The Department of Justice entered into a comprehensive agreement with GNC, a widely-known distributor of dietary supplements, seeking to reform the practice and usage of supplements. The announcement came long-overdue, as an investigation concluded that distributors were failing to ensure the safety and lawfulness of the products on their shelves.
Wendi Knowles, Health Promotion Nutrition Program Manager, explained that currently, there are no DOD regulations on supplements, products which are consumed by many.
“If you are a flier or in the Personnel Reliability Program (PRP), you have to go through your primary care physician to be on anything – even vitamins,” she said. “Other than that, there are no regulations saying you can’t take supplements.”
The Department of Defense program, Operation Supplement Safety (OPSS), is a joint initiative between the Human Performance Resource Center and the DOD to educate service members, leaders, health care providers, and DOD civilian employees about dietary supplements and how to choose supplements wisely.
The whole intention of the program is to provide awareness and better educate those that use supplements. OPSS is a benefit, Ms. Knowles said, that most people are not aware of. Registering an account with a government email address allows an individual to research brand name products, their ingredients, ratings and comments for free.
“When there are so many ingredients in a product,” Ms. Knowles explained, “you don’t know for sure how well the ingredients will interact with each other.” If you choose to use supplements, products with less than five combined ingredients are recommended. OPSS allows you to see where your products ranks for safety or if they are considered high-risk.
A large percentage of people take supplements daily. For Airmen in particular, Ms. Knowles said, the two biggest reasons they take supplements are for weight loss and muscle building. The two most dangerous? Weight loss and muscle building. OPSS is tailored to Airmen, so that they’re able to reference the database to look at brand name supplements and check all of the information associated.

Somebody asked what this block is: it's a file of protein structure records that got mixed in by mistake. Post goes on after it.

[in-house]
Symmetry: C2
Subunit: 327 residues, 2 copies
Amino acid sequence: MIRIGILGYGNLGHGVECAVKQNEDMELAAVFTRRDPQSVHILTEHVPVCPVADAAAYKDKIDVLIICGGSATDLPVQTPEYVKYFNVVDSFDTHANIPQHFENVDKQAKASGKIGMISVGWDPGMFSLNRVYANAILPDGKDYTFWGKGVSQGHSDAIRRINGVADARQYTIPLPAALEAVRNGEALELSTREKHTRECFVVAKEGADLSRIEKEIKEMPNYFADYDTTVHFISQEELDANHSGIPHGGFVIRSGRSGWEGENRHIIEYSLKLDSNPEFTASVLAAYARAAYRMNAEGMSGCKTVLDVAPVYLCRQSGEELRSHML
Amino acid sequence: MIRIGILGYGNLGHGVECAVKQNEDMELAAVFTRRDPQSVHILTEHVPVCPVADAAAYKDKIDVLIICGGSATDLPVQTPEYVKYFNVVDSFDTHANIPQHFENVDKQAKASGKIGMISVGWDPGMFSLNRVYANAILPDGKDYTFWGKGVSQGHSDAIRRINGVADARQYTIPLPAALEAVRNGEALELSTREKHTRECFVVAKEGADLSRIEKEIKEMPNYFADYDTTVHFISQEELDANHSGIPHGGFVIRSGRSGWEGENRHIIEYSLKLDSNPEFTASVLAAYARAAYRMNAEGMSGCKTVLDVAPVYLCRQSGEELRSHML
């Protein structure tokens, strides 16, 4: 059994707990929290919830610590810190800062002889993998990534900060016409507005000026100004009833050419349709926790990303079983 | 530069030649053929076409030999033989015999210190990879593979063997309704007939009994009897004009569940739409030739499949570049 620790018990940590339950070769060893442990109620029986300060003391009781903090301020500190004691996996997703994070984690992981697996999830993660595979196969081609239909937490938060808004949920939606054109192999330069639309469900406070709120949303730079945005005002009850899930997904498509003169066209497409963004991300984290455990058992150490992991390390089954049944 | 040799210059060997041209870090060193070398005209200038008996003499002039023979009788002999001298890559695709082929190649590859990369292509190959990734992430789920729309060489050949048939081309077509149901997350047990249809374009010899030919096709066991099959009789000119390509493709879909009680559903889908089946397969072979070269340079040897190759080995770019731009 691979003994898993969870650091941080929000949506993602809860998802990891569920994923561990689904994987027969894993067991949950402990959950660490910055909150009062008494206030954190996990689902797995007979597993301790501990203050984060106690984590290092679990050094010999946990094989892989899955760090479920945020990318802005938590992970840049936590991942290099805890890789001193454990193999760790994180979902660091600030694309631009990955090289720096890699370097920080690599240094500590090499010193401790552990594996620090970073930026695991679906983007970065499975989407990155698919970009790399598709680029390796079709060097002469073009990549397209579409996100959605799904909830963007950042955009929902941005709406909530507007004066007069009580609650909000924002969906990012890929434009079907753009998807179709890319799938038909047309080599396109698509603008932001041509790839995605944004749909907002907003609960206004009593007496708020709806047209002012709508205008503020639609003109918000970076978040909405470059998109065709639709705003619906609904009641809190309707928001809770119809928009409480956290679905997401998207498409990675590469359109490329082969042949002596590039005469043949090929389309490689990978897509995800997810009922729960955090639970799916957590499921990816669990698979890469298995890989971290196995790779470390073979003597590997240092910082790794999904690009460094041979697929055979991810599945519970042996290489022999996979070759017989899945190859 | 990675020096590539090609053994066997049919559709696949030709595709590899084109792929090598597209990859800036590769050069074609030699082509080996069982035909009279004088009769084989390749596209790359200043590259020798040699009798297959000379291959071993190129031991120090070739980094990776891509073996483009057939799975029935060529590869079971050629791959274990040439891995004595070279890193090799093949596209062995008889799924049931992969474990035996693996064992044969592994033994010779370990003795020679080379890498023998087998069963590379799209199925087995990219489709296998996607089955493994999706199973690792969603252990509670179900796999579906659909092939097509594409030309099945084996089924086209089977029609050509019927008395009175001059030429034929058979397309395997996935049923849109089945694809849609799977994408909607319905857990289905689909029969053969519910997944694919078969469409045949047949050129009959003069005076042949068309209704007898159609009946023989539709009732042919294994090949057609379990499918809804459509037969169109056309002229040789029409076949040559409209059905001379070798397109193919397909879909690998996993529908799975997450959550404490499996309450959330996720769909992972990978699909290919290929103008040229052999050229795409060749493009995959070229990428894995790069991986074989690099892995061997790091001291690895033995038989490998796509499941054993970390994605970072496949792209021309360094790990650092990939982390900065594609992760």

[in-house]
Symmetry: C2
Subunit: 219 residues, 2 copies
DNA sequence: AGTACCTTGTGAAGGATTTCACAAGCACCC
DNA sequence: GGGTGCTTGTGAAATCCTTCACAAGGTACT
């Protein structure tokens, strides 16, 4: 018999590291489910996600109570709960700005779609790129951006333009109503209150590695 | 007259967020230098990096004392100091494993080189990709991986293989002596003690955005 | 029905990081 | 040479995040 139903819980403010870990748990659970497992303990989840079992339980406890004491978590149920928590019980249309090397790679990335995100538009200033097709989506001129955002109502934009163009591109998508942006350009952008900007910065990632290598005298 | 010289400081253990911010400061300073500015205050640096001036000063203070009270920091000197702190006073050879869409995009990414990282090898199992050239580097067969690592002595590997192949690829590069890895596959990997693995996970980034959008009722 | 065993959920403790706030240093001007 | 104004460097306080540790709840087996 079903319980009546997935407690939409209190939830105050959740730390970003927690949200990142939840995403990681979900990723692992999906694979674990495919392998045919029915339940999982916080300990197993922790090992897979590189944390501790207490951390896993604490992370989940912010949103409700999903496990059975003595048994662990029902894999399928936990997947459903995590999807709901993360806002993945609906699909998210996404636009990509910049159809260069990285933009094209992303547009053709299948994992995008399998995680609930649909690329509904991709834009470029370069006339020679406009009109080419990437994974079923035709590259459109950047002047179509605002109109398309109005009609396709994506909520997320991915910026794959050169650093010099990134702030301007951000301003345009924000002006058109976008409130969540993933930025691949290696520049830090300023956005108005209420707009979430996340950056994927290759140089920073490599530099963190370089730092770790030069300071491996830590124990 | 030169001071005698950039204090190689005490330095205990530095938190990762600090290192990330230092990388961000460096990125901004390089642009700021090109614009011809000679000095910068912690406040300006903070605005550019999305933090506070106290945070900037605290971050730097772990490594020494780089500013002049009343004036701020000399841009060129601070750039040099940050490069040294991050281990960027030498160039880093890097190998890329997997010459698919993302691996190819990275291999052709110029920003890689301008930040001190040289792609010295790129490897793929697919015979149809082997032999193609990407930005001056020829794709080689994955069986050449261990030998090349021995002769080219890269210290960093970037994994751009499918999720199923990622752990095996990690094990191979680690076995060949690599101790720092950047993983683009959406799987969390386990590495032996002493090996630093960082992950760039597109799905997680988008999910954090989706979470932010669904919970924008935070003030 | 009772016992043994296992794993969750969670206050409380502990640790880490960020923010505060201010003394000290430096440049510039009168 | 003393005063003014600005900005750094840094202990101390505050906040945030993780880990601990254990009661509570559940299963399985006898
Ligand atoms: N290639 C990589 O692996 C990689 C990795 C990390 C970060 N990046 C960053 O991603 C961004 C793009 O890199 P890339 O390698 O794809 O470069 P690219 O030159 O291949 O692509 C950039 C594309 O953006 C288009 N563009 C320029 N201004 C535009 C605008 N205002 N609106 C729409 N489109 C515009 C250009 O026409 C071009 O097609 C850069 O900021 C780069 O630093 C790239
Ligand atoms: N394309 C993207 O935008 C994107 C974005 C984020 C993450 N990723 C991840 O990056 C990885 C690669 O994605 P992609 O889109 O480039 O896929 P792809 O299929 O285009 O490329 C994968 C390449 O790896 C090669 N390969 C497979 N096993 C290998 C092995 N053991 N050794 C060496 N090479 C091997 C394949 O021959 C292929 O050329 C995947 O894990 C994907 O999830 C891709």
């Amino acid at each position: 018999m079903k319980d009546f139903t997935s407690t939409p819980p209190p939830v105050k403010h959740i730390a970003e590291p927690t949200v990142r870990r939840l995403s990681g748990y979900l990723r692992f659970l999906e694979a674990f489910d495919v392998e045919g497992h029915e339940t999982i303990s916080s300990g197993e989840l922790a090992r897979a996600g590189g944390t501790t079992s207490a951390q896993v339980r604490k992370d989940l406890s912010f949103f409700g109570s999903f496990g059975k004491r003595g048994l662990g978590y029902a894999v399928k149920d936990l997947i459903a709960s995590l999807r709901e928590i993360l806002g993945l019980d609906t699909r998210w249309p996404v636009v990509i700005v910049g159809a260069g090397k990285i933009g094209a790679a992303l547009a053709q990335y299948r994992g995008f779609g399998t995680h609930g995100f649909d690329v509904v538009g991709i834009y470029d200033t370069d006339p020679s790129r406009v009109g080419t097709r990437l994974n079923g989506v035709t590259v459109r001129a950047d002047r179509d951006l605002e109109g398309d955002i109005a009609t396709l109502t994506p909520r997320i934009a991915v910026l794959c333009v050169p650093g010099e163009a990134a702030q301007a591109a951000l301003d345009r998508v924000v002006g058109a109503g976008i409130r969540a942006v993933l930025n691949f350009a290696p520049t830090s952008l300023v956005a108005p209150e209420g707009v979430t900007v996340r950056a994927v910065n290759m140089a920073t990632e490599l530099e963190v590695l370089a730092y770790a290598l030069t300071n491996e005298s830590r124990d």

In her role with Health Promotion, Ms. Knowles covers supplement safety and information in nearly every course she offers. Part of her instruction includes knowing which products to look for and avoid on labels, as well as explaining how to access and look up products and how they rank.
Apps have also been created in efforts to increase and encourage wise supplement usage. Besides the convenience of having the resource on your phone or tablet, a noteworthy feature includes the ability to scan a product’s barcode and be advised immediately if the product is on the High Risk List.
GNC came to an agreement with the government to enhance precautionary steps in dietary supplement safety. Operation Supplement Safety, its resources and the measures taken through Health Promotion are all tools available to help increase the education and awareness of what you’re putting into your body. Taking ownership of your body and what you put into it, Ms. Knowles said, is critical.
As a result of the settlement GNC will be more of a third party tester, similar to the United States Pharmacopeia (USP), and will be held responsible for purchasing and stocking safer products on their shelves. A USP certified product for instance, will have its label verified, which tells the consumer that the product does not contain harmful levels of specified contaminants and has been made through safe and controlled manufacturing practices according to the FDA and USP guidelines.
“I think there’s been a big misconception that since there’s a GNC on every military installation, that the contents and products are safe,” Ms. Knowles said. “I’m very glad they’re taking the safety steps now. It’s important. Don’t take a risk on your career and take care of your body, because you only get one.”http://www.tinker.af.mil/News/ArticleDisplay/tabid/6555/Article/1082004/operation-supplement-safety-choose-dietary-supplements-wisely.aspx